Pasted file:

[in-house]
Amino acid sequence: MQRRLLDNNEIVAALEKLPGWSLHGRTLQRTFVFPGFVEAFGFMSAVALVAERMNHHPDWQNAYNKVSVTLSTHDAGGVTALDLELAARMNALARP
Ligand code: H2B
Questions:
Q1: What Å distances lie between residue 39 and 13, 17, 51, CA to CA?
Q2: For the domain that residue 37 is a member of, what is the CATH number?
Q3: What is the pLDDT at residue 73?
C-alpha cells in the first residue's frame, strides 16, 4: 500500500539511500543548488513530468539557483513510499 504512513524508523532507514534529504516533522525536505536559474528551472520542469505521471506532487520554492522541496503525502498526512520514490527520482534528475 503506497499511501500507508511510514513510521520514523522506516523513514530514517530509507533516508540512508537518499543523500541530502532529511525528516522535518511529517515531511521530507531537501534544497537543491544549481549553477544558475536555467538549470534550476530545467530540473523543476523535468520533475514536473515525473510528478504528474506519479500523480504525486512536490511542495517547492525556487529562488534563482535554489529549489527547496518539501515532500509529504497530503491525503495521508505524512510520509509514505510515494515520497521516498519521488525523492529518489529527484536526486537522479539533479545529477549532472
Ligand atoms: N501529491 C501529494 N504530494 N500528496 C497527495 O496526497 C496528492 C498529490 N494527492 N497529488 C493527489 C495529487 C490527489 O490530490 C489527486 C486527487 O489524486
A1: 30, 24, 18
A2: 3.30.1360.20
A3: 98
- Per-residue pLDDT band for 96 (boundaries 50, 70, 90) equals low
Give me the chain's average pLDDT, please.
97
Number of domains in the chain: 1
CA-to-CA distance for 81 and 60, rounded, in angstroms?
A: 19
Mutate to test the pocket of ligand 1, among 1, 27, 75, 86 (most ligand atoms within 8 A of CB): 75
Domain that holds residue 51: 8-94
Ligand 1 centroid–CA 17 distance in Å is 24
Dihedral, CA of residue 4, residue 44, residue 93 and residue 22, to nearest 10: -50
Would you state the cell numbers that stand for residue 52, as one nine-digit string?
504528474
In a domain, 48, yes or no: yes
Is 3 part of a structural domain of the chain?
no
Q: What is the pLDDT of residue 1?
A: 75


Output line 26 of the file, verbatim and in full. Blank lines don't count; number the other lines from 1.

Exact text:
Is 3 part of a structural domain of the chain?